Matthias Zürl (M.Sc.), Franz Köferl (M.Sc.), Prof. Dr. Björn Eskofier
02 / 2022 – 08 / 2022
Biologists are constantly trying to improve their understanding of animal behavior. Captive animals are of particular interest because such an improved understanding can directly be used to ameliorate their living conditions and their psychological and physical well-being. To gain an improved understanding, one must observe these animals – ideally over long periods of time – to obtain detailed and meaningful insights and statistics. To achieve this, an expert has to record all animal activity of interest manually, either on-site or via video recordings. This is a very timeconsuming process and still does not allow for continuous monitoring. Therefore, automating this task would allow biologists to gather vast amounts of data much more easily and thus conduct large-scale studies that lead to a better understanding of animal insight.
A simple and non-invasive method of monitoring animal behavior is to record it on video and then try to automatically extract all relevant information from the data. Regardless of the investigated behavior, the information is especially valuable if it can be derived for each animal individually. This means that the data extraction process will necessarily involve (a) finding where there are animals in a frame and (b) (re-)identifying each of them. Automating (a) has become a reasonably simple task utilizing powerful object detection algorithms [1, 2]. Re-ID however, is more challenging . When provided large amounts of labeled data for the individuals that are to be identified we have, in effect, a classification problem that is solved fairly easily with the help of modern machine learning tools. In this context previous works  were able to achieve strong results on a number of polar bear data sets from different zoos that were created in-house. But this still requires an upfront human annotation effort for each new enclosure. While preferable to the all-manual approach, an unsupervised algorithm that only needs to be trained on already existing data would obviously be ideal.
Unsupervised Re-ID has been explored fairly extensively for humans  (especially in the context of surveillance) but there exists comparatively little work on animals , be that in the wild or in captivity. The goal is to determine for a given query image (e.g. a recording from a security camera) which person in a set of gallery images (some set of images containing persons of interest) it matches. Generally these approaches try to find a mapping from person-images to a feature space wherein images of the same person, regardless of pose, camera orientation, lighting conditions, etc. are mapped closely together, while images of different people are mapped further apart . If this holds the matching of a query- to a gallery-image is done by embedding all of them in the feature space, and matching them based on which gallery-embedding the query-embedding is closest to. The critical point is the construction of the mapping. Typically, algorithms leverage deep neural networks and large datasets to find one with the desired properties . Crucially these datasets contain a large variety of different individuals allowing the network to generalize these properties by training it to enforce them on the given data. In the case of our polar bear datasets however, the available data (in particular labeled images of different individuals) is limited and subsequently naive extensions of successful supervised models to an unsupervised setting have proven unfruitful . The framing of person Re-ID as a person retrieval process, in the sense of the aforementioned query-gallery matching on the other hand is a harder problem than we actually have to solve. Person retrieval is heavily oriented towards surveillance where we only have a handful of images of each target. In the case of captive animals though, we are dealing with a set collection of individuals that we want to identify over a long period of time. We can therefore expect to collect many more (unlabeled) images which can then be identified collectively. In this sense we are dealing with an unsupervised, closed-world Re-ID problem.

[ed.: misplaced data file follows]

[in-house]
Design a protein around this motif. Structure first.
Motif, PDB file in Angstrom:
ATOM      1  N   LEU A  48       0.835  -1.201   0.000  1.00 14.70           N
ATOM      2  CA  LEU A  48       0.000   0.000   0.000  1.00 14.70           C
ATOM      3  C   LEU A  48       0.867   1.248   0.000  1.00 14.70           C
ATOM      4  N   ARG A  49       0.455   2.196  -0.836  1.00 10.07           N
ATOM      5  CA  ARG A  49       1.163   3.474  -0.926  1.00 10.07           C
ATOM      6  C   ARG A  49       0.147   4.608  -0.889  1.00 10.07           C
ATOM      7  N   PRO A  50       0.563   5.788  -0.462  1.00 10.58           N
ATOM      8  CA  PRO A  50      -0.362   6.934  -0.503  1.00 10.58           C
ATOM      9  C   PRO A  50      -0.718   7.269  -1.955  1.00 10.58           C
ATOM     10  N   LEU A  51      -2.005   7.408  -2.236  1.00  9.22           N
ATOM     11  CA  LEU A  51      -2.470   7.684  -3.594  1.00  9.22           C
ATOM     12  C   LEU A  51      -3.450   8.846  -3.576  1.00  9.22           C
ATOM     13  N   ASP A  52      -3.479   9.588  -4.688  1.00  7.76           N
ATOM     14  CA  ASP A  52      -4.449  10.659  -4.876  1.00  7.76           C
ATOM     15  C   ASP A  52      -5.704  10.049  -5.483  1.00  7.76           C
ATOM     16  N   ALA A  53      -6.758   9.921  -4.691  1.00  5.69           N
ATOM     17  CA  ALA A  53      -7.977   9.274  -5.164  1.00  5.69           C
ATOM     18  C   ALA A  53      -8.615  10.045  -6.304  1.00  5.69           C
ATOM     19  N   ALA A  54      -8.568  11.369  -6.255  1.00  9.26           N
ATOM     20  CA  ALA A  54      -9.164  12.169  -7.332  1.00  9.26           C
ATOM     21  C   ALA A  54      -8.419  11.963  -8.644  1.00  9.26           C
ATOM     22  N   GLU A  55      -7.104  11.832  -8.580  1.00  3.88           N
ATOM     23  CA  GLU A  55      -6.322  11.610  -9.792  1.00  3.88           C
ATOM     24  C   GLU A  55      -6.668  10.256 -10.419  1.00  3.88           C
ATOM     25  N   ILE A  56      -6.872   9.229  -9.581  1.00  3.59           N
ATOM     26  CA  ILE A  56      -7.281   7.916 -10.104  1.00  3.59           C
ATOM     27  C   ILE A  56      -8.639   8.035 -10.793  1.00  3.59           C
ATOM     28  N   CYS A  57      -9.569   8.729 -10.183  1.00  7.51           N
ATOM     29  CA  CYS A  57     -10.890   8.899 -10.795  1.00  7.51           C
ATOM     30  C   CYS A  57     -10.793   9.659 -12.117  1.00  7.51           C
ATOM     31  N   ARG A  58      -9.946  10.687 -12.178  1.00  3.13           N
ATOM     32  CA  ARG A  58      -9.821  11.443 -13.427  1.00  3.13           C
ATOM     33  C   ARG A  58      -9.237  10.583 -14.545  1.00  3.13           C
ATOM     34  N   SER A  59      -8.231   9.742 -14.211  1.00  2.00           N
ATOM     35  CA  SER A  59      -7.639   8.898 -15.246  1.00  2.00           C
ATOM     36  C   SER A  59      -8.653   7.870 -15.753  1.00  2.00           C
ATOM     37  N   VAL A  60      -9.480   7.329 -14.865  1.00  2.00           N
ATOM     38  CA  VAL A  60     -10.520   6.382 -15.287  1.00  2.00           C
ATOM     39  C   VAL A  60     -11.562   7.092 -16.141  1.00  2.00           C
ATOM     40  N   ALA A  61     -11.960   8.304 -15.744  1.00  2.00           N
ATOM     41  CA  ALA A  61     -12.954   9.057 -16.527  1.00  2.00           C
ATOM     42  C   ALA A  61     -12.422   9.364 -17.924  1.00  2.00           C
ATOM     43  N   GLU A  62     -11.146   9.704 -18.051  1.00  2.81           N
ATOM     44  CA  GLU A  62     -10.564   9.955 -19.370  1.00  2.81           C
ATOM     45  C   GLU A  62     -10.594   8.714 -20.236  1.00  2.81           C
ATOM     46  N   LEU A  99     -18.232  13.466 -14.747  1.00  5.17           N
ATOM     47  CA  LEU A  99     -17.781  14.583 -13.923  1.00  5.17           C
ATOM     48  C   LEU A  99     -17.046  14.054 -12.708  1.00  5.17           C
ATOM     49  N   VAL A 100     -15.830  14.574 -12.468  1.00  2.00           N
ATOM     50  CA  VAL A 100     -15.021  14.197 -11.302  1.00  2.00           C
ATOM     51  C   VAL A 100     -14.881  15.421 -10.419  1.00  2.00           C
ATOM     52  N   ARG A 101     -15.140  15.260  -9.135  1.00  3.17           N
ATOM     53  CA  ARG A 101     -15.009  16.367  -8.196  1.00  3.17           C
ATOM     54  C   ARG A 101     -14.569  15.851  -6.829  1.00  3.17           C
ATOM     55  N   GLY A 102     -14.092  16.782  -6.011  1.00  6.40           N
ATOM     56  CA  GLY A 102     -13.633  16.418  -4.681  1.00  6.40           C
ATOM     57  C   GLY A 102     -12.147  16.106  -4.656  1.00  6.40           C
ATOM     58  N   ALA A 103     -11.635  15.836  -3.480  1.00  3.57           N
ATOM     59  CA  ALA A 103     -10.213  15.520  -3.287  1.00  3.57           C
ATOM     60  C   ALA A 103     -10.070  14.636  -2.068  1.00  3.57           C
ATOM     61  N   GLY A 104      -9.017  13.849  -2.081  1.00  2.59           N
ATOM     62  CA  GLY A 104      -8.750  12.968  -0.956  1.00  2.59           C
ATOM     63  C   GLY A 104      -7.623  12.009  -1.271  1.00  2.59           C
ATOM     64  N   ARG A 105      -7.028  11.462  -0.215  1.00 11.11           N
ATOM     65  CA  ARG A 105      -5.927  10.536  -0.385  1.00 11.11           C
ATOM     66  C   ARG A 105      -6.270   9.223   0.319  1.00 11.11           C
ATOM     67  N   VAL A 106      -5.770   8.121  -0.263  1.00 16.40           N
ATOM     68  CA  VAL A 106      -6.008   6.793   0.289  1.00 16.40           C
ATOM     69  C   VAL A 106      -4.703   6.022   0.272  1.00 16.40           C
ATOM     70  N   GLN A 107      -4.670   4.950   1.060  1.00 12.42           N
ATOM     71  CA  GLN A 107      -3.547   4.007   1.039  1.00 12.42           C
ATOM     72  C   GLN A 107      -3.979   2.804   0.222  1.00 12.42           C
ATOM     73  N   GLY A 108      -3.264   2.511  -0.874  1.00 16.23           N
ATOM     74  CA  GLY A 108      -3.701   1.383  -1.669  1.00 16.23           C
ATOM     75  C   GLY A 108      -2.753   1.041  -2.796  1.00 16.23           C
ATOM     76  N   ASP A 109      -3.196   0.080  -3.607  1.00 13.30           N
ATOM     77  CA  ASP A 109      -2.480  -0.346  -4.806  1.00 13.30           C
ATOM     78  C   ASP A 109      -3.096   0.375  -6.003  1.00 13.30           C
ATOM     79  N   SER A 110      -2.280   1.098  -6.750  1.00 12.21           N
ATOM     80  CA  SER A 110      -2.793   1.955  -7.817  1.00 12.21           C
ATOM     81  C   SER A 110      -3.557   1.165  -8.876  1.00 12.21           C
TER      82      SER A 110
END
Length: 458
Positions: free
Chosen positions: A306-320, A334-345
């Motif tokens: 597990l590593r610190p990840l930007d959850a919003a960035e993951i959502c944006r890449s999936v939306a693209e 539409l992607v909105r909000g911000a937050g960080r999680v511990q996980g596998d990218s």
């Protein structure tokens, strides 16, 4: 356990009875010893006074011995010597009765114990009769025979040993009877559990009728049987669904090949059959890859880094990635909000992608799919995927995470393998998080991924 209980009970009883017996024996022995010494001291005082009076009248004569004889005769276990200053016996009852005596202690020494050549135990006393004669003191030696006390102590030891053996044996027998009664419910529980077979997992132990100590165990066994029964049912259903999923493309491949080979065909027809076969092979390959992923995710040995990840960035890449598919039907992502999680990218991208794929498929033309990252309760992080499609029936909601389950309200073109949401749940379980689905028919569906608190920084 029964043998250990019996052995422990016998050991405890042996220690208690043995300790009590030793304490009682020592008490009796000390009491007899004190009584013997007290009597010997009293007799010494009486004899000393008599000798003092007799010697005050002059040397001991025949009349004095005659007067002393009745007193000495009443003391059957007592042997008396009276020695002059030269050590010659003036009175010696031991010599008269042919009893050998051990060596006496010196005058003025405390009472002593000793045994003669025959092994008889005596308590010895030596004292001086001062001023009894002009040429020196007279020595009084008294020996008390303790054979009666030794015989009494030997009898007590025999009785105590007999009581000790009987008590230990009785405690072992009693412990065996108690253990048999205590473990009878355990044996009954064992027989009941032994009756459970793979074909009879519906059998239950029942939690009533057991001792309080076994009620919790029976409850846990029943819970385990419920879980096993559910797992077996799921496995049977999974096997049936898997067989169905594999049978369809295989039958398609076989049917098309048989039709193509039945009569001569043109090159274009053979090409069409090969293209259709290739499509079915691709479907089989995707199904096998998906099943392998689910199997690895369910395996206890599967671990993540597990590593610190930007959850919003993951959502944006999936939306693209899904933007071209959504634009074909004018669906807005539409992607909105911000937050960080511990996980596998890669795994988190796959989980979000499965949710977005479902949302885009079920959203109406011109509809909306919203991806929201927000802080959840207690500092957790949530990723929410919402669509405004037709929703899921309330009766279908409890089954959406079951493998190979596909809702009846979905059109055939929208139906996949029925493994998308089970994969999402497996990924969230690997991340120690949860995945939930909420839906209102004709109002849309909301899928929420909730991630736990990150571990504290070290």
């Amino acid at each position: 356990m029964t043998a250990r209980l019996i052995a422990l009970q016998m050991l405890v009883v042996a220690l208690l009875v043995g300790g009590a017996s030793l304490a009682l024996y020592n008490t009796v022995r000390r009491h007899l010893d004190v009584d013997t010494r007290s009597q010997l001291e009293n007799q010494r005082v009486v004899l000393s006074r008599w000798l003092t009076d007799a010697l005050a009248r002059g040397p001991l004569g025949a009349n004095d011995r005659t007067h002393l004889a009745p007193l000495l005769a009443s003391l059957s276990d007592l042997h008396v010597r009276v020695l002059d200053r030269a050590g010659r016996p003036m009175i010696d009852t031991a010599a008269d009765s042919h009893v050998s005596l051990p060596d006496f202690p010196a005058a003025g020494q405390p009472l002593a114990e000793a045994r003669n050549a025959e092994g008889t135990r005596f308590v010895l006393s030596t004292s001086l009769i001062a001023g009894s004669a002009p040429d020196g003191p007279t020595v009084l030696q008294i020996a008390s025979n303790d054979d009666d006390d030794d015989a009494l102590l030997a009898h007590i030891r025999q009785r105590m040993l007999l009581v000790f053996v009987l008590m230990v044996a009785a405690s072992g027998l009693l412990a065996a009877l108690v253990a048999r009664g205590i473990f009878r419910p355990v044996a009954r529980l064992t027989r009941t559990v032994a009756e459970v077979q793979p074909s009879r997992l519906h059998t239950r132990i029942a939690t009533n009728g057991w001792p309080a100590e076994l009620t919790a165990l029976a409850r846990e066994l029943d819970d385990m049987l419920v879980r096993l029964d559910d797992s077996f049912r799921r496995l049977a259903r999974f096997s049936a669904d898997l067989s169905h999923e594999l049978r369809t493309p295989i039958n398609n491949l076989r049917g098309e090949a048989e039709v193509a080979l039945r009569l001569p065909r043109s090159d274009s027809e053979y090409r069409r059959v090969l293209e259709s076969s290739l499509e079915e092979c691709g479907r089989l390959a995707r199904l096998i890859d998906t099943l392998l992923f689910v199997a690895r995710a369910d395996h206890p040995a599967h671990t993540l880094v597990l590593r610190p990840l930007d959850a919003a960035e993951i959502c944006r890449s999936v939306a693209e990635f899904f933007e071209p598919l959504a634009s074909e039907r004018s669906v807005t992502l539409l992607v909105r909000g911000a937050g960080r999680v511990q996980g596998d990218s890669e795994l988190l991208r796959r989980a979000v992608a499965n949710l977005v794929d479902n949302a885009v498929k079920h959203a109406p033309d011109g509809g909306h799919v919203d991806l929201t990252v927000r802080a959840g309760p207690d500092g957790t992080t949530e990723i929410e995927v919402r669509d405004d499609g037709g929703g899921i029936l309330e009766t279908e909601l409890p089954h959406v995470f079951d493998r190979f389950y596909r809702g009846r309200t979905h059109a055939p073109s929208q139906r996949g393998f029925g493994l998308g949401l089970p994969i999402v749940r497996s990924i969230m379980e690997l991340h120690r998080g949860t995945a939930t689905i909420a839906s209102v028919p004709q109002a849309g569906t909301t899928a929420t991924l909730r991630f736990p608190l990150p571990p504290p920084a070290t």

The goals of this thesis therefore are (a) to take an existing unsupervised Re-ID algorithm  that achieves state-of-the-art results in the person domain and apply it to our polar bear datasets and (b) based on the results, test a number of possible improvements that make it more amenable to our concrete use case. Candidates for such improvements include, but are not limited to:
1. Training on data from several zoos simultaneously/Combining several training domains into one to reduce the chance of overfitting. Master Research Proposal Nr: 2030
2. Regularizing the training process by training only a few of the final layers of a pretrained model.
3. Employing clustering algorithms as part of the application methodology to better make use of the many images we have of each individual.
And finally (c) another goal is to examine the model’s few-shot-learning capabilities by incorporating just a small amount of labeled data from the target domain. We consider any significant reduction in annotation work a worthwhile achievement.
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